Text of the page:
I too hate contracts.

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      Thanks for the helpful info johninmelb very courteous of you.

      My credit card got maxed out before I lost my job quite a while ago (and before you chide me i know it was my fault) and soon after I had to retire from full time work. I get a small pension from overseas and make up to a sort of livable wage by working from home. I have not missed a single payment to my bank for the last 8 years. Fortunately I own outright my own house (which I half built myself) I have reduced my credit card debt quite often but has always risen again when things like rates, water and all those other things come up. I have been with the same bank for over 20 years and have loyally paid my credit card debt without missing one and have always paid the charge before the due date. My credit card is the only debt I have.

      With the 20% interest it is impossible to bring it down but if it was 11% it would be just possible.

      Thanks for your advice.

      My credit card is the only debt I have.

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      One other thing Mr. helpful.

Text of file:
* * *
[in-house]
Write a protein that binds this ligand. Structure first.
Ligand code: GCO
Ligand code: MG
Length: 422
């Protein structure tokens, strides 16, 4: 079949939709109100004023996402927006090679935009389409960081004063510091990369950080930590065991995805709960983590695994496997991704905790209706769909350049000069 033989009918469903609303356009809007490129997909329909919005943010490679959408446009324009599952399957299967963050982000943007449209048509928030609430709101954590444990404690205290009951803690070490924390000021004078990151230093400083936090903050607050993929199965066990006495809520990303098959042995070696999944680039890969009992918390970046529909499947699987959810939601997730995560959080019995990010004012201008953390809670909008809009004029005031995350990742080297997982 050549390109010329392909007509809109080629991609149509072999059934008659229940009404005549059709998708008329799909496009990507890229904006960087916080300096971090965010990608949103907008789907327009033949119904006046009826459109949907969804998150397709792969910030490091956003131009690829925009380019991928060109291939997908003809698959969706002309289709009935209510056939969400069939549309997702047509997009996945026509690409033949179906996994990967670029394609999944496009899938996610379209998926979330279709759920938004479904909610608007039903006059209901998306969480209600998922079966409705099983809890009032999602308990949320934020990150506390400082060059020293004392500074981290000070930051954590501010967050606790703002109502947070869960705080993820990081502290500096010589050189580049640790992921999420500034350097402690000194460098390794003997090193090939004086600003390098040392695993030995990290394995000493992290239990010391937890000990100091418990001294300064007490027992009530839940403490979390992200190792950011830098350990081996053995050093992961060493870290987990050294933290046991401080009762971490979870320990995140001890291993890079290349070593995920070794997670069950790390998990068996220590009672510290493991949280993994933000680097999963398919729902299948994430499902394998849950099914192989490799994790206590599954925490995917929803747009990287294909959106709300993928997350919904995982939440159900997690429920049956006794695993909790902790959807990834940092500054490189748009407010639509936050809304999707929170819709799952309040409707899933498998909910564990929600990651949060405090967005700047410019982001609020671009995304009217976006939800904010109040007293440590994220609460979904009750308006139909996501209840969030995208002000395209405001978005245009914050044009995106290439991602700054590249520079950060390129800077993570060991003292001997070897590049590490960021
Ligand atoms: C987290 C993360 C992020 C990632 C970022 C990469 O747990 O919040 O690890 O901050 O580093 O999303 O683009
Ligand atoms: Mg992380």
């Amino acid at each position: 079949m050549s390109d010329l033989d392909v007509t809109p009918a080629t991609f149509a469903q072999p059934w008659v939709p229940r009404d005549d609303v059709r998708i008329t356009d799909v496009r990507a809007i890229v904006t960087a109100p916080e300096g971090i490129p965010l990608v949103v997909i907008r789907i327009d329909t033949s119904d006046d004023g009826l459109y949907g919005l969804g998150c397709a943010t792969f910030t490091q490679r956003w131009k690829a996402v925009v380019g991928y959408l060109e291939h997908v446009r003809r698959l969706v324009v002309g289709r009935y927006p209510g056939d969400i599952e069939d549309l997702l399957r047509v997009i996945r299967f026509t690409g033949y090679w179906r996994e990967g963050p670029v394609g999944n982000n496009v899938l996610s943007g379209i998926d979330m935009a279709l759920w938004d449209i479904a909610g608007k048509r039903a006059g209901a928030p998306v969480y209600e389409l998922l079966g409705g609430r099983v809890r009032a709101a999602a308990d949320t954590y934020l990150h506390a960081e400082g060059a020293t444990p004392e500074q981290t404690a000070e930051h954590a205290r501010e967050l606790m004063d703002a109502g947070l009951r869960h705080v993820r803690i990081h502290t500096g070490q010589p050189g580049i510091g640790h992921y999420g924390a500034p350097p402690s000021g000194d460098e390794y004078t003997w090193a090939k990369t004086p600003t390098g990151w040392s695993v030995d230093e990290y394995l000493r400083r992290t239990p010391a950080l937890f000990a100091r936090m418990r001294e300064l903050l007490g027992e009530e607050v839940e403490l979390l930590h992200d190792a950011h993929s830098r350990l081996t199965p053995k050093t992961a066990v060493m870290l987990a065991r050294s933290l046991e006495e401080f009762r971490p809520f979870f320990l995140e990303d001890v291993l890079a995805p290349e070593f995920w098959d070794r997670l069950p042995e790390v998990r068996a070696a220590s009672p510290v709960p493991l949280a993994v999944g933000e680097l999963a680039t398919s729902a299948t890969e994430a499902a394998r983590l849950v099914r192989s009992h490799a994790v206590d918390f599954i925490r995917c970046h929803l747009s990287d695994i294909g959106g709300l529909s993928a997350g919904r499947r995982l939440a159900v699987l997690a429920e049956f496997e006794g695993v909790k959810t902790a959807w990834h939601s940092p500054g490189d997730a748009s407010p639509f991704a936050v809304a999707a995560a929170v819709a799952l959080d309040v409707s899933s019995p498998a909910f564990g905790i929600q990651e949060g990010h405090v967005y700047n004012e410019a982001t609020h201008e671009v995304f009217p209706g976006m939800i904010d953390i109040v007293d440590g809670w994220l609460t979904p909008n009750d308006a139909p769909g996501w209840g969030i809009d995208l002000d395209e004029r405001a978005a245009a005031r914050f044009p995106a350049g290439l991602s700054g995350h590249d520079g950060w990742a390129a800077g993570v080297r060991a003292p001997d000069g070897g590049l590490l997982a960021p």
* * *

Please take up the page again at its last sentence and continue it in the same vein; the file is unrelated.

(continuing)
I am 75 and have never drawn a penny from the government pension or anything from Centrelink. Oh! sorry I am a bit of a bludger, I get a few things through my seniors card and get discounted and free travel in Melbourne on weekends whenever I visit there.

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      Seems to me that the only reason you are ‘locked into’ your current interest rate on your credit card is because you do not have an income in order to pay it down. Otherwise you could quite easily transfer the debt to a no-interest card elsewhere and make a concerted effort to pay it off within the interest free period. As it is you are still adding to the debt in addition to the interest on that debt. This is not a problem of the bank’s making.

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      Have you talked to your bank about transferring the credit card to a line of credit on your house? Interest rate would be only about 5% which would allow you to pay it off. Talk to a bank not a mortgage broker as you will get rejected by them. I once asked a mortgage broker for a loan and they didn’t understand my circumstances so the most they would offer me was $100,000. I went to the bank and got offered over a million as they understood my circumstances.